Norwich starts work on fire study recommendations
Norwich — City leaders are starting work on the top priorities listed in the new in-depth study of the city’s fire services, seeking cost estimates to upgrade the antiquated radio communications and dispatch systems.
On Monday, the City Council considered a resolution to authorize City Manager John Salomone to work with city emergency response officials to obtain preliminary cost estimates for equipment and software improvements for the fire dispatch and communications system. The council then voted to refer the task to the three-member Public Safety Committee.
“I really wanted everybody to know we’re all behind the dispatch upgrade,” Mayor Peter Nystrom, a co-sponsor of the resolution, said. “This is number one. Our people aren’t safe.”
The McGrath Consulting Group’s 194-page report on Norwich fire services cited the “dangerous incompatibility” of the current fire radio system and the antiquated dispatch protocols. Dispatchers must take several steps to process a call, as responders from the volunteer and city departments are on different radio frequencies. Some responders jot down response time data by hand.
Fire chiefs and firefighters interviewed by the consultants expressed frustration that the long-standing problem has gone uncorrected. After the report was presented to the council on Feb. 16, fire chiefs said they have been complaining for years about the poor communications system, including dropped calls and inability to communicate with one another. But the costly upgrades kept getting put off in the always tight city budget.
A partial solution, however, emerged with the city police department – which had suffered from the same problem for decades – joining the state police telecommunications network in 2019. Police Chief Patrick Daley said Monday the system works great.
The fire departments can join the same network. The transmission antennae are in place. The city would need to purchase portable and mobile radios and pagers for the volunteer firefighters.
Nystrom said the city might be able to use a portion of the federal coronavirus relief grant to upgrade the emergency response system.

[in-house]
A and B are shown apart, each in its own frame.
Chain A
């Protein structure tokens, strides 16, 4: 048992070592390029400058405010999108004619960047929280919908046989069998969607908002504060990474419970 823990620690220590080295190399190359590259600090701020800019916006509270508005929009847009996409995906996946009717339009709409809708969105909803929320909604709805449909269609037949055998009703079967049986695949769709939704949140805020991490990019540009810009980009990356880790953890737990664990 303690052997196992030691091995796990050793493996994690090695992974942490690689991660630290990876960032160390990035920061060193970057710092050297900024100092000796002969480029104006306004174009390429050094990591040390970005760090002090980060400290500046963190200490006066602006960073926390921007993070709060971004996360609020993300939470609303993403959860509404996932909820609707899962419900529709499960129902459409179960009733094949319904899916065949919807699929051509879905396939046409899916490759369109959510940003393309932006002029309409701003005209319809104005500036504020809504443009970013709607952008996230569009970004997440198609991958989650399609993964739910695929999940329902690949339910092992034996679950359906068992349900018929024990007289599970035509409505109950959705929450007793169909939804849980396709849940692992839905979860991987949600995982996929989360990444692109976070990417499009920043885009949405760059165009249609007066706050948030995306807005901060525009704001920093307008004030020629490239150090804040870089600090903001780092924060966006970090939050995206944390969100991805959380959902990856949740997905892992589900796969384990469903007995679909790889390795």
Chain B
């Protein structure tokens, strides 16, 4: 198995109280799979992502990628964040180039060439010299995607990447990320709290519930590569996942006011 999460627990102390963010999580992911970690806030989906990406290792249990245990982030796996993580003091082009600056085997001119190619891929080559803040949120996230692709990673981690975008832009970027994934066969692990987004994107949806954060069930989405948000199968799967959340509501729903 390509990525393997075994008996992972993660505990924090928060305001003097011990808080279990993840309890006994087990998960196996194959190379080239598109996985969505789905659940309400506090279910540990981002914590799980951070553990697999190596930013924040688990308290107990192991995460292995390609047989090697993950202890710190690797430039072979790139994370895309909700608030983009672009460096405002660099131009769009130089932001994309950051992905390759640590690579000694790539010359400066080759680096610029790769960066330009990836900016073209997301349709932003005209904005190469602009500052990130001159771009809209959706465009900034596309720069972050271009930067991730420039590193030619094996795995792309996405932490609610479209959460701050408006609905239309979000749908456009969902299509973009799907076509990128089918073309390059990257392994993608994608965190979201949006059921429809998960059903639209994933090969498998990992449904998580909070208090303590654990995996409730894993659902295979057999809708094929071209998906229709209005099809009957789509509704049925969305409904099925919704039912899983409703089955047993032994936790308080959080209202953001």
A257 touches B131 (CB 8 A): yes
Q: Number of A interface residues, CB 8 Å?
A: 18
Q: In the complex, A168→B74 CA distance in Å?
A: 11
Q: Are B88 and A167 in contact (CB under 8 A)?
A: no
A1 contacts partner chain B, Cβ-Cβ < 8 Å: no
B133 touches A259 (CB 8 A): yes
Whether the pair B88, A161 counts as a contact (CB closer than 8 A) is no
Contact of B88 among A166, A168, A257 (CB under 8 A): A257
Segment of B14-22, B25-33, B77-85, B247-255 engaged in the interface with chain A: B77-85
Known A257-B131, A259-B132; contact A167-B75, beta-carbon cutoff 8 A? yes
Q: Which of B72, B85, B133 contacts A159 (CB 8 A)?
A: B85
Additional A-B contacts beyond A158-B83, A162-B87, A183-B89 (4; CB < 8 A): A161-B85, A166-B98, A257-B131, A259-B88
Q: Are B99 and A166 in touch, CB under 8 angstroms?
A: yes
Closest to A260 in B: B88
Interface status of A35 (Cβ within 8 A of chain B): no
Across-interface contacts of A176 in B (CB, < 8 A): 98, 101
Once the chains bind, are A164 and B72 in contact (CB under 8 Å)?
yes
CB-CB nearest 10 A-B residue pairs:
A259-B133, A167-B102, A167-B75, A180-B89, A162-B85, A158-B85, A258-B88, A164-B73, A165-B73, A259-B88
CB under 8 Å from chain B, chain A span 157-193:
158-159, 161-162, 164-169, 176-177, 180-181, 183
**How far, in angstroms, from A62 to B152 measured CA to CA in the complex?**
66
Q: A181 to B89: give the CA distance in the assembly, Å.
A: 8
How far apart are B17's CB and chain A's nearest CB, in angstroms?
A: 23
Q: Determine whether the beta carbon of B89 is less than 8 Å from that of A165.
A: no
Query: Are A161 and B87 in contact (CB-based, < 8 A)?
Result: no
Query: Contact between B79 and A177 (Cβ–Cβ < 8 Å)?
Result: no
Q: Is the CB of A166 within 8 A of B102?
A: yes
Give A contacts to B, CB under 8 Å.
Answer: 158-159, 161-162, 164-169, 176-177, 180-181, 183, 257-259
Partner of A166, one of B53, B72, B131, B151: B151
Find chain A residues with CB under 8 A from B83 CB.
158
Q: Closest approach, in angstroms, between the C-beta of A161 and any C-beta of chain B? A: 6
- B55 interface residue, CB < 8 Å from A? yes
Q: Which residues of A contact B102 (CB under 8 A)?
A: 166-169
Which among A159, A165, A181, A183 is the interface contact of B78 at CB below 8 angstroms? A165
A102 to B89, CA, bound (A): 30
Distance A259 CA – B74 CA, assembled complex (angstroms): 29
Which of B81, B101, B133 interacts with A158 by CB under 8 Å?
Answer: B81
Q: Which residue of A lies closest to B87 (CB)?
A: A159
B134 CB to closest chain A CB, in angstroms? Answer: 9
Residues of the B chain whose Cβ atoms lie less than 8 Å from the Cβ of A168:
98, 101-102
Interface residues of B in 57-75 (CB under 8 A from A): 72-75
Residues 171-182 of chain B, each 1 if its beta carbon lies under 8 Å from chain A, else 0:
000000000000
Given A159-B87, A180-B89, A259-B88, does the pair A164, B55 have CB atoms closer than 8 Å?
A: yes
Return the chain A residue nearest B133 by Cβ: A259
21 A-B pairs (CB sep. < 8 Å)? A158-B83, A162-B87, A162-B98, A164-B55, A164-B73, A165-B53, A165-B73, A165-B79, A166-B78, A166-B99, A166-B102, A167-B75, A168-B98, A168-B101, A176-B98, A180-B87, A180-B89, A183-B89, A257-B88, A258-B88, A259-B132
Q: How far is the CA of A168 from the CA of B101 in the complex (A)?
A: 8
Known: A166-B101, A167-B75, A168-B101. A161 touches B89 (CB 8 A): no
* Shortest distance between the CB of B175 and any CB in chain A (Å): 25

More complicated and costly would be the dispatch center upgrades, with new software and protocols needed.
Salomone said before committing to the dispatch upgrade, the City Council might want to consider the consulting group’s other top priority, hiring a fire commissioner to oversee the administration and coordination of training, equipment, personnel matters and operations of the five volunteer and one paid fire departments.
Salomone said he is working on a job description for what would be a new city department head position to presented to the council for consideration. If the council agrees with the recommendation, the commissioner would be the one to coordinate the dispatch upgrade as part of the oversight duties.
The consultants recommended the fire commissioner integrate the volunteer and paid departments, which have had a history of tensions and friction.
“What is fundamentally needed is that these six agencies form the foundation for an integrated team,” the McGrath report stated. “Volunteers will not be replaced by career members; rather each group will become unified in their commitment to ensure individuals needing help receives it from whoever can get to them first. The integration of the six service providers needs to occur as a step process overseen by a single individual, independent from any of the six organizations.”
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